The beauty of not expecting something in return
Yesterday I had a thought-provoking chat with an acquaintance. He thinks that when we connect with someone is because they are a means to achieve goals - for example a business partnership. He was, in fact, trying to do that with me, and I felt really disappointed. I was invited to a casual lunch, then spent a nice afternoon with them having coffee and some drinks, until at some point he realize that I was too naive to get the game that he was trying to play.
I feel very uncomfortable with this attitude and the more time I spend in Germany, the more I realize that this is a cultural thing from Spain. It’s not the first time I’ve noticed this pattern: people playing the game of being your friend, but in reality treating you as a tool. It’s ok if you play the same game, but not so cool if you are out of the game.
After that chat, I couldn’t avoid reflecting on myself, and whether I behave the same way. I think in my case I’m more driven by the beauty of building connections with people. I think that’s the reason I’m so engaged devoting my free time to Tuist. Some people would perceive it as a waste of time, but I see it as a fulfilling thing because I get to know and talk with people that otherwise I wouldn’t have been able to. In fact, the other day I met Marek, also core contributor of Tuist, and had breakfast together in Berlin. For me, that has more value than money, success, likes, follows, stars, and any other kind of interest that people might have these days.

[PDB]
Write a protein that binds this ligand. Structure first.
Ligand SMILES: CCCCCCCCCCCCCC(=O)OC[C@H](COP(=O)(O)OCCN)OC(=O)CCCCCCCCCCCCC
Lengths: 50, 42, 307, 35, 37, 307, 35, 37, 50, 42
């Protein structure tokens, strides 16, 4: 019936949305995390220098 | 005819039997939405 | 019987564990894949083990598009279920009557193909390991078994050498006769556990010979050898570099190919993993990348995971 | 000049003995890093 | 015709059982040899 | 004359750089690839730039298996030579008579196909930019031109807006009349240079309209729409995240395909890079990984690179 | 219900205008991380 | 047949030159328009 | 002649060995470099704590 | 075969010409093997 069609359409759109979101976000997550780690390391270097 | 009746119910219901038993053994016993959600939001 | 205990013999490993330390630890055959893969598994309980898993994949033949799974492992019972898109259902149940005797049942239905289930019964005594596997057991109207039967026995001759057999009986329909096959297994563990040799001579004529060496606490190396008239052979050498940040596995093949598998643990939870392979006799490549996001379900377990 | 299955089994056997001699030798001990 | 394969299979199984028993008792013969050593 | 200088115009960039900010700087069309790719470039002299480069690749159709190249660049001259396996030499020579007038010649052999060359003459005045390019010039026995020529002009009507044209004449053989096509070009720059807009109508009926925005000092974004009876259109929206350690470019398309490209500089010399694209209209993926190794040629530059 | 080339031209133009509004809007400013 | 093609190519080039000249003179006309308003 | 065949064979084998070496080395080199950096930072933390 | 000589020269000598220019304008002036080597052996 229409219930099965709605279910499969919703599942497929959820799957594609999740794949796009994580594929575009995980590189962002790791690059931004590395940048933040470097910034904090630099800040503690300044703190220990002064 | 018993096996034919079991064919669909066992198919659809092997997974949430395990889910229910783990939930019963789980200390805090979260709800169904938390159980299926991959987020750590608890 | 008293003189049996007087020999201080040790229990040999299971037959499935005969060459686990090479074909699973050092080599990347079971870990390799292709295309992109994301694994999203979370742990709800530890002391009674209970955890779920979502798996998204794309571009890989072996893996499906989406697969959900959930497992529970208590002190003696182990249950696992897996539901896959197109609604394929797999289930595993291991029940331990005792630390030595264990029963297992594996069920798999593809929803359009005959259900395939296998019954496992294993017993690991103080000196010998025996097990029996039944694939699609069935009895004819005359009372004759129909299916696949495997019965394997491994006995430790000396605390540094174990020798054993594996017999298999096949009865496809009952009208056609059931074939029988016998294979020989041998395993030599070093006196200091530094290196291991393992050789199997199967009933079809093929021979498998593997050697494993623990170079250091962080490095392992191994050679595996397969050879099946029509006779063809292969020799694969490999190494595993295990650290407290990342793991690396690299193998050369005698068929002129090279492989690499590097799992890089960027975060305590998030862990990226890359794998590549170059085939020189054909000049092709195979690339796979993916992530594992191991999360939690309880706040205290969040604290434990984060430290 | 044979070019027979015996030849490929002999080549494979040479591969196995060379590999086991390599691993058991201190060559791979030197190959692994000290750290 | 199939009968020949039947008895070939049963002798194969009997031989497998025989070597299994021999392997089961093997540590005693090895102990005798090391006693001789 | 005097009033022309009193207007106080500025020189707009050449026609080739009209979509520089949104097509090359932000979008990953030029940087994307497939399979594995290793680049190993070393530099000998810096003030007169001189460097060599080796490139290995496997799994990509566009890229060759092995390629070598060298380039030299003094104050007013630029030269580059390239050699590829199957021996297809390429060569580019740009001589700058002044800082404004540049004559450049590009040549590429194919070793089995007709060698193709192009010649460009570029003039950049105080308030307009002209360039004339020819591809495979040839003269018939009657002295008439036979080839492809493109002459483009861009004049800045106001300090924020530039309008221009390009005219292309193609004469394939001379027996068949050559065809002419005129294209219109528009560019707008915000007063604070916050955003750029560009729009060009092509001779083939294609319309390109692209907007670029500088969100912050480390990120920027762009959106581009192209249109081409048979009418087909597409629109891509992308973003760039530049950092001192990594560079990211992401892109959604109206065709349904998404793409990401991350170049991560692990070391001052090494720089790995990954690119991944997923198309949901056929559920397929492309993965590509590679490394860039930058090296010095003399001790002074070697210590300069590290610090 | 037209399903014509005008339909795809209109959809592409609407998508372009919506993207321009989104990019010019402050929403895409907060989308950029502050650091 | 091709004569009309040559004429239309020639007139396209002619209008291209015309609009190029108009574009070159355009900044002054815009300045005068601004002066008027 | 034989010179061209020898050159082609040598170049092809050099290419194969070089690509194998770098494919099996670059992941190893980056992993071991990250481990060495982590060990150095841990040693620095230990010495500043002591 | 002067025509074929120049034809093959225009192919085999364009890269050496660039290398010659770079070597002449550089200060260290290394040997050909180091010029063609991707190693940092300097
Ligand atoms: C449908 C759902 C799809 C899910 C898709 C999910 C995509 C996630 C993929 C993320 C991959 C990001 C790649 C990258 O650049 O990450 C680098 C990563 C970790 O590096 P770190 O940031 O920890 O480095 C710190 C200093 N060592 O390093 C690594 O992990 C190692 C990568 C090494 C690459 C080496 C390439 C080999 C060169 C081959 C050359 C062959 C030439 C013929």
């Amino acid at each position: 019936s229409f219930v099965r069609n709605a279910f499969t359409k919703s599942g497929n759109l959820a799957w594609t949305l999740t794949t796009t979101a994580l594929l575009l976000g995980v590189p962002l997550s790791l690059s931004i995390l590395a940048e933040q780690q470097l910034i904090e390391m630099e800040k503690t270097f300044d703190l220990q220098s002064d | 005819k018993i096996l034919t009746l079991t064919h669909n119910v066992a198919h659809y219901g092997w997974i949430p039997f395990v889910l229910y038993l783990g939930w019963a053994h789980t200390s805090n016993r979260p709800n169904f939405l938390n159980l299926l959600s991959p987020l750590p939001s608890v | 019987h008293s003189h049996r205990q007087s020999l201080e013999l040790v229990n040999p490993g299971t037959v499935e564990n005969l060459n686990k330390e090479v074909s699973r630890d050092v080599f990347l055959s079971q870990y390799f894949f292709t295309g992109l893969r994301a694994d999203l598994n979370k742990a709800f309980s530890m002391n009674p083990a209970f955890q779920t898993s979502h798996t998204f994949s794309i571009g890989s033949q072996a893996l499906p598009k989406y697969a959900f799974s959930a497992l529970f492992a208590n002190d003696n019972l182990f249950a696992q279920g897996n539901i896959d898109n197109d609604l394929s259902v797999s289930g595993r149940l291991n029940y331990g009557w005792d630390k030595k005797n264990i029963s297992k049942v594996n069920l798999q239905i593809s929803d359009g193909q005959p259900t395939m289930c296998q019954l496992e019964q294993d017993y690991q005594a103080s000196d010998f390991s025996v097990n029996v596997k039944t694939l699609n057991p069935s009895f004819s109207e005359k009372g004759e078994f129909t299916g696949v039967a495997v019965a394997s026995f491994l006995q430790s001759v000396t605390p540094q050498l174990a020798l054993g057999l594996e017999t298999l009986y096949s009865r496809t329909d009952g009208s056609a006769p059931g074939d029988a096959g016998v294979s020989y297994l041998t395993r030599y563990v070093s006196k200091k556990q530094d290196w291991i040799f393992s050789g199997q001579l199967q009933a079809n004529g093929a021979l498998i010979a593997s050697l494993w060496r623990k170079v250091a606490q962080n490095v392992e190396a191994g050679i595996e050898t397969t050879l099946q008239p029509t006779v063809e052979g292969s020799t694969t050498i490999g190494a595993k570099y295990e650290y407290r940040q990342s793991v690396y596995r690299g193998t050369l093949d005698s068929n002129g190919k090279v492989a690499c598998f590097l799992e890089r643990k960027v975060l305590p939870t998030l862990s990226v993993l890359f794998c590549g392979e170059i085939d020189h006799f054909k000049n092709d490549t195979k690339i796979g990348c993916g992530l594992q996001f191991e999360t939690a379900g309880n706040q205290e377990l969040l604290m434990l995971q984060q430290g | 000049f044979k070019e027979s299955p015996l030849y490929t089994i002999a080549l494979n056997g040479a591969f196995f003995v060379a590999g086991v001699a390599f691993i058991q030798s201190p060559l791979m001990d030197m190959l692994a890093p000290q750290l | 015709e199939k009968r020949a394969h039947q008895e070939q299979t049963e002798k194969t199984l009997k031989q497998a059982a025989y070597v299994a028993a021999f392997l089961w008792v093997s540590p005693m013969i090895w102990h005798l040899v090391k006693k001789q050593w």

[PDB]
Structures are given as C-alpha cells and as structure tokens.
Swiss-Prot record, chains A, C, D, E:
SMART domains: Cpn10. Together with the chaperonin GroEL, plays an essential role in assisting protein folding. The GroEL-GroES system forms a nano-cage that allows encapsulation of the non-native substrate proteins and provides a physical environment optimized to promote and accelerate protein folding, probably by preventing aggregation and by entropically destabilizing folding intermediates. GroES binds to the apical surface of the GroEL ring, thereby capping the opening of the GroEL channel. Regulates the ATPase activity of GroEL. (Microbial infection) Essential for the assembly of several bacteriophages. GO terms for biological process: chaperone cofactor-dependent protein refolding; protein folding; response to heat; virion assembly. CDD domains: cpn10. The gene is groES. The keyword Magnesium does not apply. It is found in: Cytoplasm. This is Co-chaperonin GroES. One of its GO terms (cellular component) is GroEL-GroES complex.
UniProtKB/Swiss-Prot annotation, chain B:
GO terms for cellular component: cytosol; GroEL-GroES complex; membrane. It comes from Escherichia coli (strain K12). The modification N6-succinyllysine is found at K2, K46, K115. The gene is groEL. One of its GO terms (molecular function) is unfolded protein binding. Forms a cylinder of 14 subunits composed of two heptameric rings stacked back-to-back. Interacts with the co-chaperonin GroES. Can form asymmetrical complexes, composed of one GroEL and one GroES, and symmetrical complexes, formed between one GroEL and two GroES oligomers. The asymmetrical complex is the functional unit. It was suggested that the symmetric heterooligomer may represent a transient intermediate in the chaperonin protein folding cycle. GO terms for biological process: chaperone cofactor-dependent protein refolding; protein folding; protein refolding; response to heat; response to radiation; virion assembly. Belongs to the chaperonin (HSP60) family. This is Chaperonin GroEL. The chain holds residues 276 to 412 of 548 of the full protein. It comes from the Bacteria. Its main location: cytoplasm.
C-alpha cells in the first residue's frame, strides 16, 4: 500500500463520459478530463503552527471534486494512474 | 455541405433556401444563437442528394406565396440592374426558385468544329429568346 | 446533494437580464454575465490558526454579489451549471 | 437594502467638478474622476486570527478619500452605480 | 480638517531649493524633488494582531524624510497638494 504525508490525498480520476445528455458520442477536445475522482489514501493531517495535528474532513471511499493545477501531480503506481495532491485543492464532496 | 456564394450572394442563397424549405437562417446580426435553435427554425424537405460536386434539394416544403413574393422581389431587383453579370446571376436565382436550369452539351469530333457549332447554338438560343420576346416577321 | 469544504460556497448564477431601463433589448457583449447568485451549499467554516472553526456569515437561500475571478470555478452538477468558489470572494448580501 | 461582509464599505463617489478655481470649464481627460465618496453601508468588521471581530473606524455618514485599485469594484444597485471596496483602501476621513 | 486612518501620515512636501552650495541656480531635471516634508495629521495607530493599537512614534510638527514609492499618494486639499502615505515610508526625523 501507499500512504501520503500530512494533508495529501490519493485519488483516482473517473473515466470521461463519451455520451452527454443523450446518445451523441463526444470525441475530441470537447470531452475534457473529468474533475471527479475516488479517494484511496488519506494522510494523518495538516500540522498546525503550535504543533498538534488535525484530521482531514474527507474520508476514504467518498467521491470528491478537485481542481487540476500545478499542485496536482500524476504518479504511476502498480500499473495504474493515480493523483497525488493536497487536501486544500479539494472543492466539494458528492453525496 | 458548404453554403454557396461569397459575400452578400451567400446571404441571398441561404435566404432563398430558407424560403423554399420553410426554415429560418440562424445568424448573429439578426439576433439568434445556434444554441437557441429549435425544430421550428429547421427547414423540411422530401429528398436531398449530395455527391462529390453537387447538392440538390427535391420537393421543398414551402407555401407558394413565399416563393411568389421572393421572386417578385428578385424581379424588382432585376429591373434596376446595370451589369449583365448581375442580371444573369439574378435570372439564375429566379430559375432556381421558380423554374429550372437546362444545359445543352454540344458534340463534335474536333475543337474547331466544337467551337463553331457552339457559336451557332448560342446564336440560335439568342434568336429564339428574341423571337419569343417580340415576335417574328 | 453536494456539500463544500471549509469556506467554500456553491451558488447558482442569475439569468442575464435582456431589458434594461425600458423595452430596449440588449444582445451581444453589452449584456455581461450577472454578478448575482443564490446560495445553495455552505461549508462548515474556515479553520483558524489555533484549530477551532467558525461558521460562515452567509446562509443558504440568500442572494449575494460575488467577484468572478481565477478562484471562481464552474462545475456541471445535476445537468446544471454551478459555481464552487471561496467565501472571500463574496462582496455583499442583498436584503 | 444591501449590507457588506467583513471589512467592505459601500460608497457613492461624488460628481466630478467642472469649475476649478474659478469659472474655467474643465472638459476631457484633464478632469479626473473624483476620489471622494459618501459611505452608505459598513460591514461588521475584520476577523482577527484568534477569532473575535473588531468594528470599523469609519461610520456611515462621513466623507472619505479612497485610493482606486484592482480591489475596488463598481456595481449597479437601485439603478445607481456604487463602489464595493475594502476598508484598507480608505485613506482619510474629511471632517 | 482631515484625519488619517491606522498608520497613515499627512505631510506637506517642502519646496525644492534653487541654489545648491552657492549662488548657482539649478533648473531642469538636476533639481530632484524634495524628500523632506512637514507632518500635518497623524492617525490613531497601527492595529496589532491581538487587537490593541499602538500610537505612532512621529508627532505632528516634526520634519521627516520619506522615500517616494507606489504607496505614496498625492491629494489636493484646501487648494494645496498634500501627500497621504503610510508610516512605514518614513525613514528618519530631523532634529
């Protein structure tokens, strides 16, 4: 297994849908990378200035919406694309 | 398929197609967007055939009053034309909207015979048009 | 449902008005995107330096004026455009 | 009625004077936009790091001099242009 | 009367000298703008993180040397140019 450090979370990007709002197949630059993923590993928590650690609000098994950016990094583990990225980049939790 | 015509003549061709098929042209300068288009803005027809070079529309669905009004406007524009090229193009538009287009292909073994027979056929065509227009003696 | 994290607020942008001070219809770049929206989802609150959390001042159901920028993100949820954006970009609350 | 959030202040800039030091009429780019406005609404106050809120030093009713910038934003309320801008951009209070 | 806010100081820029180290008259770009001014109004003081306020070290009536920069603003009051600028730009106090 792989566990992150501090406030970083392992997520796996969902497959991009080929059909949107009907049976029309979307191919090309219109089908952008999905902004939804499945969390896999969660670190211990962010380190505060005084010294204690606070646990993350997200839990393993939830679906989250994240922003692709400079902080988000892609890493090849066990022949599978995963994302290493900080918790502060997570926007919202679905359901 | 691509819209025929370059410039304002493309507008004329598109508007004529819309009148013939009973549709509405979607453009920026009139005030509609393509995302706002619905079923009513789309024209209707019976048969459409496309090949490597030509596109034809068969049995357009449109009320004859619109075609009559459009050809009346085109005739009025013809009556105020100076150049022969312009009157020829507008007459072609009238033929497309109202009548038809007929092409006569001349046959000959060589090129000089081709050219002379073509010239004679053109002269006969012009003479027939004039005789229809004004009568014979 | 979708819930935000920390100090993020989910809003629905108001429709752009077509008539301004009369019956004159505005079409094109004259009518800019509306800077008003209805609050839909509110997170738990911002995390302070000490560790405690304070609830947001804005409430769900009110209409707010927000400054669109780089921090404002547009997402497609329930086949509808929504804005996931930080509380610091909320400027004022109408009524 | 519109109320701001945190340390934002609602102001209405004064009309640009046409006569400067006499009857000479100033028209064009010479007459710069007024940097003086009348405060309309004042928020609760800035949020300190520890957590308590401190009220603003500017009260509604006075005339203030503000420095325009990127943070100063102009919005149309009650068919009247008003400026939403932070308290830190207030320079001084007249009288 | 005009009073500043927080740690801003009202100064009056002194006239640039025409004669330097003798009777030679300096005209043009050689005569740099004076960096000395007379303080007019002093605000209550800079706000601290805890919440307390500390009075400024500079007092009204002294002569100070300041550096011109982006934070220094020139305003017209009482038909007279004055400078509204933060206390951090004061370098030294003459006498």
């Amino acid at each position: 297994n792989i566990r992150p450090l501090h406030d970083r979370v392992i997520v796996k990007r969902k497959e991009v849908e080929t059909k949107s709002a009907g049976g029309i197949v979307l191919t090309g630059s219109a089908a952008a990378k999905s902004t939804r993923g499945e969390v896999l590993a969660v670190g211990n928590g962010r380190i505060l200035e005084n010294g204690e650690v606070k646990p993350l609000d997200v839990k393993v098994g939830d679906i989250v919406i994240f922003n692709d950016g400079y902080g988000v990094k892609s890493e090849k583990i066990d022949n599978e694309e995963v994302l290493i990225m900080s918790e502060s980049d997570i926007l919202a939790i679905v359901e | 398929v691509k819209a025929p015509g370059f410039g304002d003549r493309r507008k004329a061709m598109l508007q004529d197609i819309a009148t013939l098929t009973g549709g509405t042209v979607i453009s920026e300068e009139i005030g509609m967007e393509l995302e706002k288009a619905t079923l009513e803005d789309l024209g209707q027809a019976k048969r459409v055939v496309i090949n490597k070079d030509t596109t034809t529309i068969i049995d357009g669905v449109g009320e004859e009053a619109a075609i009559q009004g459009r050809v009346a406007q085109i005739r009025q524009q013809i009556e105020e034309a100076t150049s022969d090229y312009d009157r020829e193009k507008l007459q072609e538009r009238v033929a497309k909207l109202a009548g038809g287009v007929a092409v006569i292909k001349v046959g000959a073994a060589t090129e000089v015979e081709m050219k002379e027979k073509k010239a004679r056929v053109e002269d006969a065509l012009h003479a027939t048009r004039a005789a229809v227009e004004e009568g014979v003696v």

This is something that I learned from my parents and that I’ll never forget. Happiness is not about success and money, is about being healthy, and being friend of your friends.
What I’m learning to do though is how to distance myself from those people that either treat me or other people as means. I’ve been there. I’ve suffered a lot from it, and it’s consumed a lot of my energy. It’s easy to fall into the trap of only seeking success and feed your narcissistic desires.
And my random thought about people ends here while I’m somewhere in the countryside of a small town in the south of Spain called Murcia.